In June 2002 the Society responded to a White Paper published by the Office for National Statistics entitled Civil Registration: Vital Change. The Civil Registration Review Team advised that any proposed legislative changes will be implemented by way of an Order under the Regulatory Reform Act 2001. The first stage of the process would be the publication of a further consultation document which would provide the Society and other interested parties with a further opportunity to comment on proposals. This was scheduled for the end of 2002, but the consultation document was only issued in July 2003. Unfortunately it would appear that none of the points raised by the Society have been taken up and it will therefore make further representations as provided for in the consultation document.
The Society responded to the consultation document published in 2002 by the Commission and entitledTissue Blocks and Slides - A Consultation Paper. Reference is made in the document to "respectful disposal" in the context of the disposal of body parts, tissues, tissue blocks, and slides, but the term is not defined, as there is an assumption that this is self-evident. Further consideration on this point reveals it as a very complex issue and the definition is subjective. For all those involved in the disposal of the dead it is extremely important that it should be clear.
The Society is encouraging the Retained Organs Commission to hold a seminar to address this matter in order to define the criteria to be applied in determining whether a disposal is respectful. The Society has offered its services in organising, staging or coordinating a suitable event and the Commission are currently considering the Society's proposals in this respect.
Throughout the year the Society continued to assist the Shipman Inquiry Team by providing information about the practice of cremation in England and Wales, particularly on legislative issues.
The Inquiry's second and third reports consisting of approximately 165 and 617 pages respectively were published in July 2003. These are being reviewed by the Society and should it feel that it is necessary to make any representations then it will do so. However, as regards the future of cremation certification, in which the Society has an obvious interest, the Inquiry considered the present procedure carried out in most places to be of little value. As a result, a new system of certification for all deaths, not just those for cremation, is being recommended. Like the Brodrick Report, Dame Janet Smith DBE, Chairman of the Inquiry, recognises that the main recommendations might not be implemented as rapidly or as completely as desired. In such event it is her strong recommendation that the cremation certification system should be preserved and that the forms should be standardised throughout the country and modernised. Above all it should be mandatory for the Form C doctor to question at least one person who is independent of the Form B doctor and who has some knowledge of the circumstances of death.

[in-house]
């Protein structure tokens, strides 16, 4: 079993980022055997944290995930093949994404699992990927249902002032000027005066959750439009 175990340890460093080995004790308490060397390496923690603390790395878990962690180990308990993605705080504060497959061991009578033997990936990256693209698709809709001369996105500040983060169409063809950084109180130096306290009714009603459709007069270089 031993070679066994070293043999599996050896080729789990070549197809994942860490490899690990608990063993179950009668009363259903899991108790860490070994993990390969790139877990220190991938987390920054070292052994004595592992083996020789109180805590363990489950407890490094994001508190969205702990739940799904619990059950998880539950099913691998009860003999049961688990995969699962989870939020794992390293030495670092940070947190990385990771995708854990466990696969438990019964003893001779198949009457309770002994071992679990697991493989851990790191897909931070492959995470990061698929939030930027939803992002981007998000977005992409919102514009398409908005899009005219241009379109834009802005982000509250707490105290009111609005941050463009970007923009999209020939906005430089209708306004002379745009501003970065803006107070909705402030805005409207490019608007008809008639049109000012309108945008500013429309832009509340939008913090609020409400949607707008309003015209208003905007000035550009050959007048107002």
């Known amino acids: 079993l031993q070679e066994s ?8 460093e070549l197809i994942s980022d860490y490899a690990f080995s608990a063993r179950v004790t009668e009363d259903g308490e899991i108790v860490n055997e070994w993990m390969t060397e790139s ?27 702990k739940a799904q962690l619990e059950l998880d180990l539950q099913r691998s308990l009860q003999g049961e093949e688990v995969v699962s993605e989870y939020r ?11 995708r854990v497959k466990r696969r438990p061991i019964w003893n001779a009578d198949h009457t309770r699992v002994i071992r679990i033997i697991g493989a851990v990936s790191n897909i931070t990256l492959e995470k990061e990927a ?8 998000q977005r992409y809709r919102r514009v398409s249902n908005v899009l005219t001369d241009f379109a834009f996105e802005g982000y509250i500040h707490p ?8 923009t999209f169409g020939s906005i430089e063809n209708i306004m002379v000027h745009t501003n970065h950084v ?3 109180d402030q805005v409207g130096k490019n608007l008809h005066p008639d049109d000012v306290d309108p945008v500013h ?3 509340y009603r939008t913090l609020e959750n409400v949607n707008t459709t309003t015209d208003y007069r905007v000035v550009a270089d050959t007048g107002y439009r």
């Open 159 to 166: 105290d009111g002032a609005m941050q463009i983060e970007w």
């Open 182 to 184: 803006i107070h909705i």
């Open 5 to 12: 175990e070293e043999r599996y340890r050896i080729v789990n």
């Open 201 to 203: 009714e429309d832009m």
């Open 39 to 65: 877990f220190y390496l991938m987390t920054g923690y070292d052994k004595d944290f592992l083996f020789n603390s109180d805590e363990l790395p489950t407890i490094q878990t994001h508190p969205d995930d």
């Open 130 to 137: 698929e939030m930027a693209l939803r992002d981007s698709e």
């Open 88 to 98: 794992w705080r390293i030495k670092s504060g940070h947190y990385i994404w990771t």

If it should appear that the post of medical referee is likely to remain in existence for more than a few months from the publication of the Report, then it was recommended that any new appointments should be scrutinised by the Home Office and should be approved only if the applicant has suitable medical experience, as well as five years' standing. Further, the Home Office should provide training and guidance material, explaining the Medical Referee's role and the way in which it should be performed, and should fund periodic meetings of the Association of Crematorium Medical Referees.
The Society's representative continues to serve as a member of the Burial and Cemeteries Advisory Group formed to consider and address the recommendations arising from the Environment Sub-Committee's Inquiry into Cemeteries. One of the main tasks of the group is to undertake a major review of burial law. Progress has not been as speedy as expected.
The Society has continued to serve as a member of the Reference Group formed by the Review Group appointed by the Home Office to address this matter. The Report entitled Death Certification and Investigation into England, Wales and Northern Ireland - The Report of a Fundamental Review 2003 published by the Home Office and in which the Society is recorded as a member of the Review Group, was published in June 2003 and consists of some 300 pages.
With regard to the area of death certification, support and supervision in which the Society has a particular interest, the Review Group made a number of recommendations including the following: